If you are not traveling on a group flight, it is your responsibility to book your own flight(s), assuring that you arrive by the date required by the program.  It is up to you whether you would like to contact other students who are going on the same program and make arrangements to travel together. 

You must arrive on the first day of the program and leave on the last day.  The Isabella Cannon Global Education Center (GEC) strongly recommends that you DO NOT book your flight until you have been officially accepted by the program AND have received the official program dates.  Your in-country program contacts may provide specific travel or airport information, so please be sure to follow their guidelines regarding date, time, and airport of arrival.

Some important things to keep in mind as you book your flight(s):

  • Time and Date Changes
    Book a flight to arrive on the correct date in your host country.  This often means that you must depart from the U.S. 1-2 days beforehand.  Always verify the date of arrival on your itinerary.
  • Round-trip Ticket
    You should buy a round-trip ticket.  You will usually need this to enter your host country and may need it to apply for a visa (where required).
  • Airport Pick-up
    Many major cities have more than one airport.  If your study abroad program includes airport pick-up, be sure to arrive at the correct airport and on the correct date and time.
  • Connection Times
    If you need to take a domestic flight to the departure airport for your international flight, you should book a flight that will arrive four to six hours ahead of the scheduled departure for your international flight.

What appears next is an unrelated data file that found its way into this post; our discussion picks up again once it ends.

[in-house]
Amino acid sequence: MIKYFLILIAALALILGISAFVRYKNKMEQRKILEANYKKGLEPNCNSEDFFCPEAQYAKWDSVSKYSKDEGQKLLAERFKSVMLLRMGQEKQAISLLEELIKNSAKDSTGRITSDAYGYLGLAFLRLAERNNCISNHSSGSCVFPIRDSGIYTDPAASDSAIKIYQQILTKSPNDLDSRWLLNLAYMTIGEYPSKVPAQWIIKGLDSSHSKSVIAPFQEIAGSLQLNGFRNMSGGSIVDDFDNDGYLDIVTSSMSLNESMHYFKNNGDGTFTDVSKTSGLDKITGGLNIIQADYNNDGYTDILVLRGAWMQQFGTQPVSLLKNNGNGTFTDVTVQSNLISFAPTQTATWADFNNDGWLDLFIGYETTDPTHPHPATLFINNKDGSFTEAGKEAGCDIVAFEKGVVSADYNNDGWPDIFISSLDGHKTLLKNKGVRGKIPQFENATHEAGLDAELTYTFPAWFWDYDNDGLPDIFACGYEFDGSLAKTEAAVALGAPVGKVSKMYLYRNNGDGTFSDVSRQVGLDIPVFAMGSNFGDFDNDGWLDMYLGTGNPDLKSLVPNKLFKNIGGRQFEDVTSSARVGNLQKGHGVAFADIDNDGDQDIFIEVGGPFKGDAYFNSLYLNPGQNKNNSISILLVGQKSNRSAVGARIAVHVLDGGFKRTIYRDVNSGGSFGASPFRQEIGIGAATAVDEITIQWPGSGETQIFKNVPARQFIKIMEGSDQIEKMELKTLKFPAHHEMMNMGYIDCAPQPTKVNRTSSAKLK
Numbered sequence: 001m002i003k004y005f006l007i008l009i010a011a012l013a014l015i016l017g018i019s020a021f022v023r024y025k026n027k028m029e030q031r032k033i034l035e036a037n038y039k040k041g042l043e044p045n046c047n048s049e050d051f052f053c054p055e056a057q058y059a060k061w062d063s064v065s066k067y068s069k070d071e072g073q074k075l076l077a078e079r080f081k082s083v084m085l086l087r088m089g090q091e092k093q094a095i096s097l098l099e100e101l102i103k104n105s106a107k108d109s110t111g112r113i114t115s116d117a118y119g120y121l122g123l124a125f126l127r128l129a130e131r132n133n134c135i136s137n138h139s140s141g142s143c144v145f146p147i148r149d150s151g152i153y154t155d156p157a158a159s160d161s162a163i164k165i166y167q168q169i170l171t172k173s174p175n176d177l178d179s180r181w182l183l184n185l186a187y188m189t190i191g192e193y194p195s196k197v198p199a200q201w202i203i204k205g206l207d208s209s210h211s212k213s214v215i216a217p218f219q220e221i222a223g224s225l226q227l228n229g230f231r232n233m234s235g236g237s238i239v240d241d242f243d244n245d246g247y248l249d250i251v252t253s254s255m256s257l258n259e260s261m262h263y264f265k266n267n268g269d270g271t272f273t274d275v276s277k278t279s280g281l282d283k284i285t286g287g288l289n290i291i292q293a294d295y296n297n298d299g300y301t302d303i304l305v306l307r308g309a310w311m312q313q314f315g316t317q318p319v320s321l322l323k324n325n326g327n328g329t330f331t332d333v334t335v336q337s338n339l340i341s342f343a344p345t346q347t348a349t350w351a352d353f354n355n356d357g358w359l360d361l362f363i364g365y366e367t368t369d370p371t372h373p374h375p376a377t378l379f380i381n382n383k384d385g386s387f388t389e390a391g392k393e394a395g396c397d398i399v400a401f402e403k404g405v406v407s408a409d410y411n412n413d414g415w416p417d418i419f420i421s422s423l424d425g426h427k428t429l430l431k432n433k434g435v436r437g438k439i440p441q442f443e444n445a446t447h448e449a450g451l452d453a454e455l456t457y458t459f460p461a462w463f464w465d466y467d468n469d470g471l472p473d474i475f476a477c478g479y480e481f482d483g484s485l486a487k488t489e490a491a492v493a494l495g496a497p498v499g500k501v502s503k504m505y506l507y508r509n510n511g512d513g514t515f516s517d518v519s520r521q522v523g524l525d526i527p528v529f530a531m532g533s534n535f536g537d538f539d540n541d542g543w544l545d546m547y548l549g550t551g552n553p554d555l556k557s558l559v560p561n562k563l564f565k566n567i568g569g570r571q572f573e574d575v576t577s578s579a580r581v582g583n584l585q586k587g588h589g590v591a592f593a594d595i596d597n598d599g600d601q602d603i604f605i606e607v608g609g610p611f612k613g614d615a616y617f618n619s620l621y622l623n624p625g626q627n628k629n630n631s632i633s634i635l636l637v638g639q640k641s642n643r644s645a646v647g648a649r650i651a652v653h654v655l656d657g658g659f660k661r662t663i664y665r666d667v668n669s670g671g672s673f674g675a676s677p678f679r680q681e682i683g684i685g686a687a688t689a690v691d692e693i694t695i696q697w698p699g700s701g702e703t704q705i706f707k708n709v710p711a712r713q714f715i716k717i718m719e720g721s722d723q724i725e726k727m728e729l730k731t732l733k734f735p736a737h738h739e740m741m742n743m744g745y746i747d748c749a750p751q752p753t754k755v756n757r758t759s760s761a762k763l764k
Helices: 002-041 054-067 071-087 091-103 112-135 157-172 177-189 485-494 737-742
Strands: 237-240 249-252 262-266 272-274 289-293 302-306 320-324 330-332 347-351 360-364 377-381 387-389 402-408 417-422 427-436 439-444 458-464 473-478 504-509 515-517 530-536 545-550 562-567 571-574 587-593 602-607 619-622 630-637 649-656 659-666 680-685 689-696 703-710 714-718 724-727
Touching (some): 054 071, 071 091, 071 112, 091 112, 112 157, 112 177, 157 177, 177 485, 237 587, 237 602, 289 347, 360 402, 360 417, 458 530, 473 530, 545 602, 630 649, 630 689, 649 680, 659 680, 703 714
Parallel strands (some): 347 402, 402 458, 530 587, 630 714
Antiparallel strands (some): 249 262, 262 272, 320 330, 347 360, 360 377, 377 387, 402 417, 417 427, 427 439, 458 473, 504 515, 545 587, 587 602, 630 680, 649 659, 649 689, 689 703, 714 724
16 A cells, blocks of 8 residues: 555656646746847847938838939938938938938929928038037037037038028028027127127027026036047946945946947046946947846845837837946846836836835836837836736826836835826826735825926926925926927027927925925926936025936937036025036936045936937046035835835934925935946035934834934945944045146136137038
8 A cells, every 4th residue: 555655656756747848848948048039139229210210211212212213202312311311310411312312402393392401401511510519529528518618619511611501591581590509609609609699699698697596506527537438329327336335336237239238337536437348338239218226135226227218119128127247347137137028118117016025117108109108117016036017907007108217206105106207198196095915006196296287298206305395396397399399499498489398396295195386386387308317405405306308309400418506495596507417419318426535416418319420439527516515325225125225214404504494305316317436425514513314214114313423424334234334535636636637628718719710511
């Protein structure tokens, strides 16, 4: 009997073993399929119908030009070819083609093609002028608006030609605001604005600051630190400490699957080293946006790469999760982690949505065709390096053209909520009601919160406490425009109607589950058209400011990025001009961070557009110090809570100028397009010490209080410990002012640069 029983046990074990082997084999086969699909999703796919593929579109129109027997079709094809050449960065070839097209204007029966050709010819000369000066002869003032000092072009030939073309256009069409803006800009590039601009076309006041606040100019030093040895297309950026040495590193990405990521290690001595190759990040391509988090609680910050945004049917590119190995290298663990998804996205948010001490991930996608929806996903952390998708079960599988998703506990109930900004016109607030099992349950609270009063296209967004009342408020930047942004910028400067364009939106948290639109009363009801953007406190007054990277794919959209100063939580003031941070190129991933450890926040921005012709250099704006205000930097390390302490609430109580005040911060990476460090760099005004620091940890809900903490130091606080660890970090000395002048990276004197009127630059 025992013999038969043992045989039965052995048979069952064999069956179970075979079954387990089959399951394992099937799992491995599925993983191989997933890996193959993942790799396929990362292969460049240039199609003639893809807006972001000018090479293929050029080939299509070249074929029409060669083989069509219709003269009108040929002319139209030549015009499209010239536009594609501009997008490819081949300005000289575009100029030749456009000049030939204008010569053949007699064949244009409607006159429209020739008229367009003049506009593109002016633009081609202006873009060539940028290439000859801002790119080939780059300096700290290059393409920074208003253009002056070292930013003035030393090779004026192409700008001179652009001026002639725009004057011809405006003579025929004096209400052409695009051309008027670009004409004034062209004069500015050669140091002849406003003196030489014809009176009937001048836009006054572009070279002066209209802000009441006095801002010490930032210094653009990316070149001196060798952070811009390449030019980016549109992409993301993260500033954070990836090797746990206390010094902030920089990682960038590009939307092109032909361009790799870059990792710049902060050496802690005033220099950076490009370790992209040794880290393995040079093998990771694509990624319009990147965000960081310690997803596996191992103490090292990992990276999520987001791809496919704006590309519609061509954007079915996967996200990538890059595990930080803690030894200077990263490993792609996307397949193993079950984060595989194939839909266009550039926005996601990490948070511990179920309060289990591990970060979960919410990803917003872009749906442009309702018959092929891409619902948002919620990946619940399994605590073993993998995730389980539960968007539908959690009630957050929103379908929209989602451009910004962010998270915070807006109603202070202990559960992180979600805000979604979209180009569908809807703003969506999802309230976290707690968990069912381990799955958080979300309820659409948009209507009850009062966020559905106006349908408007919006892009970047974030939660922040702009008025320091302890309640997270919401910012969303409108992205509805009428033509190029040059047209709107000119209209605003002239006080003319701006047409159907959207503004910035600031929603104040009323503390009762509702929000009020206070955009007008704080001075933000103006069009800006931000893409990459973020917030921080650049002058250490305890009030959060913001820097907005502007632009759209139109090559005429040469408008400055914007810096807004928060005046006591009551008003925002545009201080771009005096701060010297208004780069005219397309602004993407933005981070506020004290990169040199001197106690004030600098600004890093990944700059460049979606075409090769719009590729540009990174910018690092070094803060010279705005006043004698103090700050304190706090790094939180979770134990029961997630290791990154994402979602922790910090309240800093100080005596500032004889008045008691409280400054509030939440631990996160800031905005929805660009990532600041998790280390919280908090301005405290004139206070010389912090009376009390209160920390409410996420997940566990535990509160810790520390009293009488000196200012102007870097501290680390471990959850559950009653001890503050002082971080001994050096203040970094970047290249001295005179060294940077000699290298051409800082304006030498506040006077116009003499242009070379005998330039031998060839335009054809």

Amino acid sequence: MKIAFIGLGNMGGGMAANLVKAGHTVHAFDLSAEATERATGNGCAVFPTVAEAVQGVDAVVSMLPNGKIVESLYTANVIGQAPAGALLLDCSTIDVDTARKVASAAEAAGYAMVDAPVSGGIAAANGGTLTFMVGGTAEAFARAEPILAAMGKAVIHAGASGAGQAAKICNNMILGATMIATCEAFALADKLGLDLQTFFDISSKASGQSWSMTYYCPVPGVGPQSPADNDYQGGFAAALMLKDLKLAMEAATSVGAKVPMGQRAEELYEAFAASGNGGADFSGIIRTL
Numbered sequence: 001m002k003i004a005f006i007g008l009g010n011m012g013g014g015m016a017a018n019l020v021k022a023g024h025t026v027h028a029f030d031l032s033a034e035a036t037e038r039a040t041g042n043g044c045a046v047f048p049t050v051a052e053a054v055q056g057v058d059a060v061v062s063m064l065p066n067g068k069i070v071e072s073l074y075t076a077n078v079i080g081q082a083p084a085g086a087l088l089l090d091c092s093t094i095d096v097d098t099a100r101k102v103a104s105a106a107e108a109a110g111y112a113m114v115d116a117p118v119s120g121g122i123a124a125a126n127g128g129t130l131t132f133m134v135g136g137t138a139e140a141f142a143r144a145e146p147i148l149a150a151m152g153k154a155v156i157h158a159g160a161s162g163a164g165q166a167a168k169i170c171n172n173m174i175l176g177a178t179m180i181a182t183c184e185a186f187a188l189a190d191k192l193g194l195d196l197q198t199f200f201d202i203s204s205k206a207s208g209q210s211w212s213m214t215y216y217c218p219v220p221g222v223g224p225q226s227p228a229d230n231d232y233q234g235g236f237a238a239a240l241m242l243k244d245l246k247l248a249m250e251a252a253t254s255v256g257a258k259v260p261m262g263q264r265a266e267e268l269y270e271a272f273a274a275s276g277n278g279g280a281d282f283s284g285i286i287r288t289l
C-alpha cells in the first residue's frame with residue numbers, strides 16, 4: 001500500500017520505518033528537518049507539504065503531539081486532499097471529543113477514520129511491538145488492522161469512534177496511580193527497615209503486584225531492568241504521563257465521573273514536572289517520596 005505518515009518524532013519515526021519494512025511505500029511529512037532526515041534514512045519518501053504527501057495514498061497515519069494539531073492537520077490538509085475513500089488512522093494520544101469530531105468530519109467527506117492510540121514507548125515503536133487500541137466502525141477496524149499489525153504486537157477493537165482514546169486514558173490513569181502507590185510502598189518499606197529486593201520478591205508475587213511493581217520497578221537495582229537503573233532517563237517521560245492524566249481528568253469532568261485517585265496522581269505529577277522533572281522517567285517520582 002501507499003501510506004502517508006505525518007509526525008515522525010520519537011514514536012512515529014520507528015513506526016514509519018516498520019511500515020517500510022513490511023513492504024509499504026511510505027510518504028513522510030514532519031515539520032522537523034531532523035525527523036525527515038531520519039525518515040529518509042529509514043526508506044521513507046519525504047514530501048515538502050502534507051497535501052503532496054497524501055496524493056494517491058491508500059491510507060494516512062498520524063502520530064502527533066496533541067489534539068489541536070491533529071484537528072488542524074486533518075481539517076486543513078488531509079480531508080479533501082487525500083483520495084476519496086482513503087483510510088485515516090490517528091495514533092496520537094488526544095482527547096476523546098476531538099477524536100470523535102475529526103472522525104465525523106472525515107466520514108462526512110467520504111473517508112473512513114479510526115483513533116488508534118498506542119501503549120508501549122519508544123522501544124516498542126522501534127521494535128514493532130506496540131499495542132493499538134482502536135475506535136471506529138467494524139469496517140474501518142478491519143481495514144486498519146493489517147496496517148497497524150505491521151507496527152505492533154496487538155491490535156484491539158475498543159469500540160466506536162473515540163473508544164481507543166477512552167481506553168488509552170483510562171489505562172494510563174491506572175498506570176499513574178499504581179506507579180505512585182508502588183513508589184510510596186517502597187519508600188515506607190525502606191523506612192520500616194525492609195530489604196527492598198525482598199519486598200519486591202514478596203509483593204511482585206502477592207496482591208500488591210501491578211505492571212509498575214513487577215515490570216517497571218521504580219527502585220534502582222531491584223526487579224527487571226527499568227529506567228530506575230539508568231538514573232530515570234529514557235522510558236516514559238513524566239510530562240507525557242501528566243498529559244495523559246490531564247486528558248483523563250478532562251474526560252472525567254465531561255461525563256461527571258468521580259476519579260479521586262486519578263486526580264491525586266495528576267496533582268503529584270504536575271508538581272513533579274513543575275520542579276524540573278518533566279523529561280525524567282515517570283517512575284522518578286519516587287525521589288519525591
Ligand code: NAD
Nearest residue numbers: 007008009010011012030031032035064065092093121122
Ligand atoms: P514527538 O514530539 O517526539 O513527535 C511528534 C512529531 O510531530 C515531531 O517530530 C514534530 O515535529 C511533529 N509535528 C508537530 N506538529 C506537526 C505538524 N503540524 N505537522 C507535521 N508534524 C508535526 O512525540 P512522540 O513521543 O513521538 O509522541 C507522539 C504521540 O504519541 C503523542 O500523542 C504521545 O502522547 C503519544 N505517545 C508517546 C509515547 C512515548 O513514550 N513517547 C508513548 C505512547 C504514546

Be aware of any restrictions on date changes for your tickets.  Costs to change return dates, especially on tickets purchased from discount websites, can be very high.  If you are unsure of your plans and think you may want to travel at the end of your term abroad, you may want to consider buying a flexible ticket which allows you to make changes to your return date for a low cost.  Students have recommended agencies such as STA Travel (or call 877-777-8717 for special non-web deals) and StudentUniverse.com for youth and students discounts as well as flexible tickets. 

You may travel before the program begins or after it ends, as long as you are within the allowable dates of your visa (if applicable), but remember that you will be responsible for your housing and expenses before and after the dates of your program. 

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International Identification Cards